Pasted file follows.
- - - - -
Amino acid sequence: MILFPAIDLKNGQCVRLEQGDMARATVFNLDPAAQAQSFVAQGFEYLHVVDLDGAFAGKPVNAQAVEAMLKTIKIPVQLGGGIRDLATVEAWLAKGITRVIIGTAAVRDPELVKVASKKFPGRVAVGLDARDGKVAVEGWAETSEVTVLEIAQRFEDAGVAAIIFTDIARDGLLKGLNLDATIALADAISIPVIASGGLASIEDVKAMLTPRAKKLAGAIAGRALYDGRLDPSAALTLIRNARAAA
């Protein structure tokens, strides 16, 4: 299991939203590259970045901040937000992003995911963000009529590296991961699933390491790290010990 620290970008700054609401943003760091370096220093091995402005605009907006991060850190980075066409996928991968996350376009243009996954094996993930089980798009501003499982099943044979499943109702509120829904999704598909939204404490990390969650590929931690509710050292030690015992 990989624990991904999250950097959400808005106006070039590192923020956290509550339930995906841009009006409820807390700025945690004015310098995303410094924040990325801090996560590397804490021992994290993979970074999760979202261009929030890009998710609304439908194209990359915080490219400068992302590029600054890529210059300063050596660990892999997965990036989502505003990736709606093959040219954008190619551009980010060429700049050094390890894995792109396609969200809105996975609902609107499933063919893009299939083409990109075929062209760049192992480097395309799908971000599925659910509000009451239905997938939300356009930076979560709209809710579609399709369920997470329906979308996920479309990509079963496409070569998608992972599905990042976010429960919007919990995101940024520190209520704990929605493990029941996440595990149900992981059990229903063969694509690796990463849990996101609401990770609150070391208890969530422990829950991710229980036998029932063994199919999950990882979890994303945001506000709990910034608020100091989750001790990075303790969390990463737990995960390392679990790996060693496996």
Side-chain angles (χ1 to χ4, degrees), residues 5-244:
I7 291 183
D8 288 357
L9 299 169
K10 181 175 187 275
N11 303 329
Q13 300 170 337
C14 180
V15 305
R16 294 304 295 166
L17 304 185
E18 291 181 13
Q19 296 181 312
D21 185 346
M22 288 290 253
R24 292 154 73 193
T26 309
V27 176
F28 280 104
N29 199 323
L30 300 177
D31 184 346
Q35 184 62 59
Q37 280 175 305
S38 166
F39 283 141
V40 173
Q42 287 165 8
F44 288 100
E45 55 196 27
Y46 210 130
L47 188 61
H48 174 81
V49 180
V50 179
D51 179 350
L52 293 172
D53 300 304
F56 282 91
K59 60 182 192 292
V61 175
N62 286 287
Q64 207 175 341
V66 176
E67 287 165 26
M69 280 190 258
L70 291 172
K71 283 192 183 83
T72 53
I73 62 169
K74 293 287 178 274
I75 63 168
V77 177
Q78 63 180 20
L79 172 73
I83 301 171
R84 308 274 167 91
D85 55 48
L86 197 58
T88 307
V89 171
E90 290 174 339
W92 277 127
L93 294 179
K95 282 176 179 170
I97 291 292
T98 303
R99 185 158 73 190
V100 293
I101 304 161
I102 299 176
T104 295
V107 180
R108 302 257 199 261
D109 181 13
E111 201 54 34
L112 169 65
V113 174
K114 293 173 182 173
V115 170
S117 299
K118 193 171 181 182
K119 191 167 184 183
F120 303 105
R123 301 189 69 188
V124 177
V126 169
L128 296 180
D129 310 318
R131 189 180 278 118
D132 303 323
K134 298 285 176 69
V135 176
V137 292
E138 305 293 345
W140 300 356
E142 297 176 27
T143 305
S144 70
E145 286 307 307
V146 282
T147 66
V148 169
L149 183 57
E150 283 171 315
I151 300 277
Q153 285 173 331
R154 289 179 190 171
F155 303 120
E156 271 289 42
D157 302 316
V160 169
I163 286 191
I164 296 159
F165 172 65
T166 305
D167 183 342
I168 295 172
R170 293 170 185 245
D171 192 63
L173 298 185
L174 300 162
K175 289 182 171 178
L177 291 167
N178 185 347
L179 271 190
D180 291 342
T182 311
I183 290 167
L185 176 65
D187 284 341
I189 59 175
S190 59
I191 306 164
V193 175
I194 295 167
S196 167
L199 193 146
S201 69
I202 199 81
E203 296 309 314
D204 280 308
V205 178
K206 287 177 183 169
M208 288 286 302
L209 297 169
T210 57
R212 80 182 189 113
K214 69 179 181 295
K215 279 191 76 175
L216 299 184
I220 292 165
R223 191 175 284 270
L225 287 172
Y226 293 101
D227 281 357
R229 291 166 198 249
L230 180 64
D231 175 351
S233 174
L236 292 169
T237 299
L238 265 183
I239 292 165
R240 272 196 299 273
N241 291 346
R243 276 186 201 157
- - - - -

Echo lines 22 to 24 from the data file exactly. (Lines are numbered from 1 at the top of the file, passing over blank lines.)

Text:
N29 199 323
L30 300 177
D31 184 346